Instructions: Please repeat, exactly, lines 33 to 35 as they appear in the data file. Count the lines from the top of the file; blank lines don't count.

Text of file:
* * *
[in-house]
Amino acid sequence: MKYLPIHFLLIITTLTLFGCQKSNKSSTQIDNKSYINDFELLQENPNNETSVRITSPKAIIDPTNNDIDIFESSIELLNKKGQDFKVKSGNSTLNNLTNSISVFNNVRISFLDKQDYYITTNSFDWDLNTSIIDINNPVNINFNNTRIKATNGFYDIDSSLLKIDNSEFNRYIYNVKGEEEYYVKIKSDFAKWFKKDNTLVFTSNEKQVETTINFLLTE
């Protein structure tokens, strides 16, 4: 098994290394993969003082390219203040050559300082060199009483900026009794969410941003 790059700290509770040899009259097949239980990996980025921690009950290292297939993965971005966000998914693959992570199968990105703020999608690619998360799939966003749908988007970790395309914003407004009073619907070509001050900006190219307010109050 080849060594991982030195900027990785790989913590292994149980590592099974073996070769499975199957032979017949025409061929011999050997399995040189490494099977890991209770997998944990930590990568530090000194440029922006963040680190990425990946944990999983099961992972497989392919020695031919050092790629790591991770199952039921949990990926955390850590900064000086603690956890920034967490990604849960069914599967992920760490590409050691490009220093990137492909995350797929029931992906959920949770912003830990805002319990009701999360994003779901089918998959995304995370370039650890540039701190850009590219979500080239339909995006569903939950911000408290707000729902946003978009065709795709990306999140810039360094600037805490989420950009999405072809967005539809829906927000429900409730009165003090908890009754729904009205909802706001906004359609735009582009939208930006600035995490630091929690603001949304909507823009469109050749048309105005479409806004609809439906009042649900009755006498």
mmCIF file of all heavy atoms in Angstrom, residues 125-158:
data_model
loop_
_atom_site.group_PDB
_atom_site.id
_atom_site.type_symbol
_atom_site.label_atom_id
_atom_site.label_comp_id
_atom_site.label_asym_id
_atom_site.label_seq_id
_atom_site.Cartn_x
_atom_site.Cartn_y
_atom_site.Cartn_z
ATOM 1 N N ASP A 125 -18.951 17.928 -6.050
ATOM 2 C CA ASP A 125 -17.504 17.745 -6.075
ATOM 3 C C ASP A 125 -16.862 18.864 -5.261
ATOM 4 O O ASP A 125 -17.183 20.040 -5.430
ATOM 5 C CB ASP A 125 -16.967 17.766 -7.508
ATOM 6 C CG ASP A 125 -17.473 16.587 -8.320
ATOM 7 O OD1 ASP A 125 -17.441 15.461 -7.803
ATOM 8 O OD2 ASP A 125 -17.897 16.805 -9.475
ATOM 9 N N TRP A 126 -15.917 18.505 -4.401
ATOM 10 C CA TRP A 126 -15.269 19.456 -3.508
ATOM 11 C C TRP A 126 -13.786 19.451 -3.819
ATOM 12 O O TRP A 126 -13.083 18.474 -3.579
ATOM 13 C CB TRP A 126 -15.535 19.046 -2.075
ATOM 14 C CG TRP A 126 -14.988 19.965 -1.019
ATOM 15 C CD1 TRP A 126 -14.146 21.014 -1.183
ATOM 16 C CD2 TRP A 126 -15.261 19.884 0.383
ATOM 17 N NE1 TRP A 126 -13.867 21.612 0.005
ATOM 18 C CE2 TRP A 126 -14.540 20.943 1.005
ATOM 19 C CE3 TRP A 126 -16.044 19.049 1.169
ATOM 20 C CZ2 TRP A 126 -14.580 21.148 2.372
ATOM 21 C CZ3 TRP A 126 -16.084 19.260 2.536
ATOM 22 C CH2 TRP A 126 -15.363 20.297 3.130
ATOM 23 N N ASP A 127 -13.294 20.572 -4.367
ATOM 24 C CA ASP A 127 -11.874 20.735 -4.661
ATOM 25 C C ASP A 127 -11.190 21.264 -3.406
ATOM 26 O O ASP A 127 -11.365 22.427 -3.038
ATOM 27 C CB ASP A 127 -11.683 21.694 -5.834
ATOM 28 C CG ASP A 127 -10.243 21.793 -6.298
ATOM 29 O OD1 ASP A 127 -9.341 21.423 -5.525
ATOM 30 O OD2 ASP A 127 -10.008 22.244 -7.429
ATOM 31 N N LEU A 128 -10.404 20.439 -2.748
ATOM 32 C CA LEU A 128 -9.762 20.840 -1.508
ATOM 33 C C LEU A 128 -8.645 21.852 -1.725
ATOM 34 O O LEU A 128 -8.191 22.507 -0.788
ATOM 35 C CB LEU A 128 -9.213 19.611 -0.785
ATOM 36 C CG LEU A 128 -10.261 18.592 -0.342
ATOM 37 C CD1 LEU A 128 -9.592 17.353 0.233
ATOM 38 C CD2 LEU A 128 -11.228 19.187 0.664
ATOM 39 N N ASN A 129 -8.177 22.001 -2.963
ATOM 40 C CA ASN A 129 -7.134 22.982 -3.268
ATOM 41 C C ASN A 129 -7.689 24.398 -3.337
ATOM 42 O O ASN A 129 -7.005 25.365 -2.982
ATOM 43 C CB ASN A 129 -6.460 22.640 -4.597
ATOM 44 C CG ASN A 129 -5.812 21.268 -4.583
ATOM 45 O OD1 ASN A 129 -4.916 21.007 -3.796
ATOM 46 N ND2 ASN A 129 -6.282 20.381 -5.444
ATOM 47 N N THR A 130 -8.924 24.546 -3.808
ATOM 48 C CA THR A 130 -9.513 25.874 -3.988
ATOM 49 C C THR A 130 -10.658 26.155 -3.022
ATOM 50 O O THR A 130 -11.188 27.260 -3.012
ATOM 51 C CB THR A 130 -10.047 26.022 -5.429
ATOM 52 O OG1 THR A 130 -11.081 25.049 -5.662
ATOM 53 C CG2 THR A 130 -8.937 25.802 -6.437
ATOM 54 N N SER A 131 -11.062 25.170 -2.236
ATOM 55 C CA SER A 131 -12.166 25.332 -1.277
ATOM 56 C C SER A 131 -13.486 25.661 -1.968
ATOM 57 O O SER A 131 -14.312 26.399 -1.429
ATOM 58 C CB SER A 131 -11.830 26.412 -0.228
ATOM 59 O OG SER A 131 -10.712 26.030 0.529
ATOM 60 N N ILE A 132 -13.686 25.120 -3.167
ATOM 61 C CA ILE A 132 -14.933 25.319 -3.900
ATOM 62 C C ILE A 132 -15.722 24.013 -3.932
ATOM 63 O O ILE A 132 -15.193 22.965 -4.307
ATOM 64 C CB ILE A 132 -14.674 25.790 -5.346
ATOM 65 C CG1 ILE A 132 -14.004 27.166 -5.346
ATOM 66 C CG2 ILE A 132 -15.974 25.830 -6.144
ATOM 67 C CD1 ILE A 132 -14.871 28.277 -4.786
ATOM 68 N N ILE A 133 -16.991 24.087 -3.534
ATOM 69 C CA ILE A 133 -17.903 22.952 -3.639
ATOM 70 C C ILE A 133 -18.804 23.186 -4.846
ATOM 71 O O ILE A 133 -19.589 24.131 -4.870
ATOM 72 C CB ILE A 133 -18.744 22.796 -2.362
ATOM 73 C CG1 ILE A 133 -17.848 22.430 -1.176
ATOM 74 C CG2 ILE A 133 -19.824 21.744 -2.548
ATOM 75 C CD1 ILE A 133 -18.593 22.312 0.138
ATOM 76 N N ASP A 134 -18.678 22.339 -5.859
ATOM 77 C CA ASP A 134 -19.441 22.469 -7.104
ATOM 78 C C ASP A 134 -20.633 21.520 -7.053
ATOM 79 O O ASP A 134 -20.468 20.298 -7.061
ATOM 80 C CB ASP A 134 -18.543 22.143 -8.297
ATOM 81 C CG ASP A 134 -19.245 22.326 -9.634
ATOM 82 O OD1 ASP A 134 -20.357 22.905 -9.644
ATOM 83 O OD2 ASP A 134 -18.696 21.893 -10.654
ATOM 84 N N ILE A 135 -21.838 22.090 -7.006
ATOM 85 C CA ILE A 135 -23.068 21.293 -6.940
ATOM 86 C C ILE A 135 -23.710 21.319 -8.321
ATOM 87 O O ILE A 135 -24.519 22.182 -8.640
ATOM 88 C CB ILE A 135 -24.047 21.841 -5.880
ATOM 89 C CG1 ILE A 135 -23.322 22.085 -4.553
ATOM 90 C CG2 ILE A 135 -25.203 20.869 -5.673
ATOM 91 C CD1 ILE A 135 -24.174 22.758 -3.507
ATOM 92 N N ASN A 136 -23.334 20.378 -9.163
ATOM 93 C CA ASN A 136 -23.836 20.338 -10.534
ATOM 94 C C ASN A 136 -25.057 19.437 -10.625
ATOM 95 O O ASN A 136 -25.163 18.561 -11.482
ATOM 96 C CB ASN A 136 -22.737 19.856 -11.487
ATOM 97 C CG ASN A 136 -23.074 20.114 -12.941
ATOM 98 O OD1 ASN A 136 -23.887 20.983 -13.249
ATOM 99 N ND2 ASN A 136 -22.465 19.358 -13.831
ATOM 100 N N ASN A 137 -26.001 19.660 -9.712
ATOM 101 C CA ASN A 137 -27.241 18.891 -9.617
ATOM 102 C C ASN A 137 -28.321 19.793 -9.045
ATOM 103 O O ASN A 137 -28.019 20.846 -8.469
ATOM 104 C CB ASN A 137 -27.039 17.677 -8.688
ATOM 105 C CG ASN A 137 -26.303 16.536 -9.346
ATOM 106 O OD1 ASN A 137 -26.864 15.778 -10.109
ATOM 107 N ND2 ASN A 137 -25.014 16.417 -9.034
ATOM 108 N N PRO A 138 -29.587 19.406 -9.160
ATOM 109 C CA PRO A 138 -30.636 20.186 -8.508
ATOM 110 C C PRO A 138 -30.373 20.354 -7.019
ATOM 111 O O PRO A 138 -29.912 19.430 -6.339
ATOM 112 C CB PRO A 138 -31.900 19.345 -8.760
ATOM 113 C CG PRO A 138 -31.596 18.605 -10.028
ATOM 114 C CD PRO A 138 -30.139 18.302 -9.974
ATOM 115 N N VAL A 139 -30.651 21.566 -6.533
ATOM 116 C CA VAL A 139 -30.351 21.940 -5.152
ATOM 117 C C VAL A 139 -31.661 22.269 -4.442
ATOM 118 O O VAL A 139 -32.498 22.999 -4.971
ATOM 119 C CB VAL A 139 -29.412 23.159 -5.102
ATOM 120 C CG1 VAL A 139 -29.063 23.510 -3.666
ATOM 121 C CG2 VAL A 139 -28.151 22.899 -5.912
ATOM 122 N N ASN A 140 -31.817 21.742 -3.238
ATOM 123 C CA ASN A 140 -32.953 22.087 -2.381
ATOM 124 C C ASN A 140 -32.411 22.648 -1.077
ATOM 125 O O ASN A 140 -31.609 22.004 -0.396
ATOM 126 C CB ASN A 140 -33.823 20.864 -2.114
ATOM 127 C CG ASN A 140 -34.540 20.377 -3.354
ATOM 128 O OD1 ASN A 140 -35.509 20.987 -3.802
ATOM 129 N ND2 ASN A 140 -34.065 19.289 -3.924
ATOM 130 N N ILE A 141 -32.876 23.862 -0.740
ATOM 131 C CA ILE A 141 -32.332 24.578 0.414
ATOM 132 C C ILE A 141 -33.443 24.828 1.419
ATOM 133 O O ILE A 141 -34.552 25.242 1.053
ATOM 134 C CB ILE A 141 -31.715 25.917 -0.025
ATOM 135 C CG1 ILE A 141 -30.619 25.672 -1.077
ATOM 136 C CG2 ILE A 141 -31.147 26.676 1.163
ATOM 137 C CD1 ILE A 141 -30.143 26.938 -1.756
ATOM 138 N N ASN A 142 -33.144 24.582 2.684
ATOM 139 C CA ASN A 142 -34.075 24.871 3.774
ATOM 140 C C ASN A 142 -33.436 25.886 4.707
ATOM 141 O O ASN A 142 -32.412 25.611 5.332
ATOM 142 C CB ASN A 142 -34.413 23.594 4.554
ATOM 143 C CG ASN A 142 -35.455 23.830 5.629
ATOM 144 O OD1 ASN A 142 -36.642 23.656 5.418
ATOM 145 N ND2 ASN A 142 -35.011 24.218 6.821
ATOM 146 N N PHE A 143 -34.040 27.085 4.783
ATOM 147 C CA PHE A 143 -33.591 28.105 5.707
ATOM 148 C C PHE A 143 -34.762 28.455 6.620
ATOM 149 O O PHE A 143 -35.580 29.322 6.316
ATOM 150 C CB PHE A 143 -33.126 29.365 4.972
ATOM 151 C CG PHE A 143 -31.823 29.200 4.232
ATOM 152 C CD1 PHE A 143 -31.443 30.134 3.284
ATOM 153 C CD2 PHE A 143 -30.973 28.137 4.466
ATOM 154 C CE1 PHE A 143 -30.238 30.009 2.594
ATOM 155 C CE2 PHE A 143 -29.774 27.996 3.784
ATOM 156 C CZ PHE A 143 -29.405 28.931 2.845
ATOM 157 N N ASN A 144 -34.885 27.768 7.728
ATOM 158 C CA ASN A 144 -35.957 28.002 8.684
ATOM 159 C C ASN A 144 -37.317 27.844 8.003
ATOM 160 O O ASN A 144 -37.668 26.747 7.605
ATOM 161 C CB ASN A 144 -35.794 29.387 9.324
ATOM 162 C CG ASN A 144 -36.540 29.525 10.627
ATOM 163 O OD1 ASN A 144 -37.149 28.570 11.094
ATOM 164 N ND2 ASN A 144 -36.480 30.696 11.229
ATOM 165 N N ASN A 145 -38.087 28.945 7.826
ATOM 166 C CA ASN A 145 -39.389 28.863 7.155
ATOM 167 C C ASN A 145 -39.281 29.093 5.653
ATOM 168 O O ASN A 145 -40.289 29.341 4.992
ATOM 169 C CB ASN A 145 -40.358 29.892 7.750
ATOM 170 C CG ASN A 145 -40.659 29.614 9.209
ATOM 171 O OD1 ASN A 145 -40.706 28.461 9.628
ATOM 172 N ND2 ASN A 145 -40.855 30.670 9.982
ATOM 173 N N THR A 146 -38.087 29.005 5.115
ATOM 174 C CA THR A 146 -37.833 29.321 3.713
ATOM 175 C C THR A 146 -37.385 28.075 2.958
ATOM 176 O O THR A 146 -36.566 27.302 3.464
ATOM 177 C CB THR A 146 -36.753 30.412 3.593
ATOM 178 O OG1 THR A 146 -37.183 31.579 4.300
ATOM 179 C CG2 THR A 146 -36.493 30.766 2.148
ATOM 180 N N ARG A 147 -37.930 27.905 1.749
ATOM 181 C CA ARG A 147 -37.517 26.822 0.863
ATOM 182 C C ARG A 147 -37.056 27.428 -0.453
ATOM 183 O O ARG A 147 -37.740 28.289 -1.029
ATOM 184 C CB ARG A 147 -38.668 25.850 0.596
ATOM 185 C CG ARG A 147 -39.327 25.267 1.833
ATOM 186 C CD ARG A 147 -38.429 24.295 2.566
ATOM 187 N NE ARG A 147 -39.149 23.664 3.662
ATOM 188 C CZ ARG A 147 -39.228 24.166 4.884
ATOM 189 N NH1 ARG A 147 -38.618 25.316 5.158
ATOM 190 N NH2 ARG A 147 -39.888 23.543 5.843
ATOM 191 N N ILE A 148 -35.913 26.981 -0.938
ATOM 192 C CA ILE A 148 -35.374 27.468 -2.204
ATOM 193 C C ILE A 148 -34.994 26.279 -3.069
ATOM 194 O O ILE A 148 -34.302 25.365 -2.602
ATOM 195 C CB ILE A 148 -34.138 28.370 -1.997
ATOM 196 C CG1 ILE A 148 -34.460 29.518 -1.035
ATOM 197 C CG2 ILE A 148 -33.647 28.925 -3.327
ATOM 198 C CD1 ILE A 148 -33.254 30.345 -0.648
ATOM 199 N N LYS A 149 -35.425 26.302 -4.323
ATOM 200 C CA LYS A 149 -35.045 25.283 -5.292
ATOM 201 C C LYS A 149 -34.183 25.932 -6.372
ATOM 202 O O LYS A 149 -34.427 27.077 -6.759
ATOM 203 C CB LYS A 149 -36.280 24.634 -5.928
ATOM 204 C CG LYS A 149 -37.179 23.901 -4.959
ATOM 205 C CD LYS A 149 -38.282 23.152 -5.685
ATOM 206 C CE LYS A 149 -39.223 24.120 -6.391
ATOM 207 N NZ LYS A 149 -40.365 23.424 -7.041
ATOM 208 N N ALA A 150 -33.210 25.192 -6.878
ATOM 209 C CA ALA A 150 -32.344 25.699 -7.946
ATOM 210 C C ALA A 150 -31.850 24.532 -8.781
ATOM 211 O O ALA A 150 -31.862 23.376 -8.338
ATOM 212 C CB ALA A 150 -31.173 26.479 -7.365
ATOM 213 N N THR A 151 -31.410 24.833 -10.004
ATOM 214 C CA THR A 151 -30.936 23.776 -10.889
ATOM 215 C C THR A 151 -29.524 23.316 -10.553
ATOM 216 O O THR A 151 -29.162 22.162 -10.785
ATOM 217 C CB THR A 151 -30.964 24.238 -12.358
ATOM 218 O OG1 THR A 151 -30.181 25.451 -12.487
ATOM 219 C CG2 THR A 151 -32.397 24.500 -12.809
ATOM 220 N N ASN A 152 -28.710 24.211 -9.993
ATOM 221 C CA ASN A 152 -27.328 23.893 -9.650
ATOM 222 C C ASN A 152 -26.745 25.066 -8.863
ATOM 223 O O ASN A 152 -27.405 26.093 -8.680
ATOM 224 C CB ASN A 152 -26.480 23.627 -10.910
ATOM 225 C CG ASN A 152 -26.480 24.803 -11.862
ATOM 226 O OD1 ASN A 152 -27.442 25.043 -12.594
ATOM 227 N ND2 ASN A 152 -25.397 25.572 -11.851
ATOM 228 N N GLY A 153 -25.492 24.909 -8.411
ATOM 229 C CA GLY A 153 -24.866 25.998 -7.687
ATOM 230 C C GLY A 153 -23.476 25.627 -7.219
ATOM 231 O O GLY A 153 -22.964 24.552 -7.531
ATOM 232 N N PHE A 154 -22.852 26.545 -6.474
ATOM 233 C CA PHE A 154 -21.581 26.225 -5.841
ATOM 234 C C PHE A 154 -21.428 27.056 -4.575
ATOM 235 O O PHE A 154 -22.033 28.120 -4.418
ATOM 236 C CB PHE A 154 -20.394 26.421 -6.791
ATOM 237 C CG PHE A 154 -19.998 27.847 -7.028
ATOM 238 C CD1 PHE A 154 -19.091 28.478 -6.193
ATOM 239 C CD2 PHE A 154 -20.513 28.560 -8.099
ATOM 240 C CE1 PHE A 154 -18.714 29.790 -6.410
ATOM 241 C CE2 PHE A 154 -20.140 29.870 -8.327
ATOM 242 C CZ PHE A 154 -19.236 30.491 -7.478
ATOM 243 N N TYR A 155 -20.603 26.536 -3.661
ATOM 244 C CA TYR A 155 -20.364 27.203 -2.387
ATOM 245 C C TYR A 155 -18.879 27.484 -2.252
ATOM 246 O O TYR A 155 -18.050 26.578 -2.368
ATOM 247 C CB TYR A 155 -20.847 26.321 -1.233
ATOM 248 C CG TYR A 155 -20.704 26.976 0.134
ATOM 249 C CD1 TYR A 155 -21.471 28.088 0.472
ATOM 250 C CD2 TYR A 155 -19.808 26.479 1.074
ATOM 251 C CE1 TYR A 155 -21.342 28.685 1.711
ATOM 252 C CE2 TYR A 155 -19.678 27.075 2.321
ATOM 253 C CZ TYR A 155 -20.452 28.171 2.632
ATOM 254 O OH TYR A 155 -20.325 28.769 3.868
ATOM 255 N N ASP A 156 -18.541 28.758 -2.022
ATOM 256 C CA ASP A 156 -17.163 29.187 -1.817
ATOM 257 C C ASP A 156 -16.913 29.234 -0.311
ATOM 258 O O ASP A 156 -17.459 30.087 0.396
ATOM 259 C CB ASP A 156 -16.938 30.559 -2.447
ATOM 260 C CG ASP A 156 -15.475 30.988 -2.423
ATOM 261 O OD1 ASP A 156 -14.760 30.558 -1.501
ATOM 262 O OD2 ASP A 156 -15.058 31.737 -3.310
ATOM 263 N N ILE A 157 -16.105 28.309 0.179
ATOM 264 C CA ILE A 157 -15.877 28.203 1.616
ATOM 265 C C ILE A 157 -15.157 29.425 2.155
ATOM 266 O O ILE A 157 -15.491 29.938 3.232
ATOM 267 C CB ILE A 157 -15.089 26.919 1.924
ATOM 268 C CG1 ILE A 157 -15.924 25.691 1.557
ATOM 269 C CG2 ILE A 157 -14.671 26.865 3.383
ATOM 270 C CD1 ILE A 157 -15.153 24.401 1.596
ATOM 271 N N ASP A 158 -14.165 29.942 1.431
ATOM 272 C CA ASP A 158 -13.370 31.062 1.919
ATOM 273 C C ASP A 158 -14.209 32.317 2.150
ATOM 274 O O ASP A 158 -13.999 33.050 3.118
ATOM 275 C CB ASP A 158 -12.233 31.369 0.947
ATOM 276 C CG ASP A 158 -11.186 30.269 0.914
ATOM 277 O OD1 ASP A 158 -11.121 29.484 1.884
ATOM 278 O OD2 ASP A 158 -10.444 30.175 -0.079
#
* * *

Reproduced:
ATOM 17 N NE1 TRP A 126 -13.867 21.612 0.005
ATOM 18 C CE2 TRP A 126 -14.540 20.943 1.005
ATOM 19 C CE3 TRP A 126 -16.044 19.049 1.169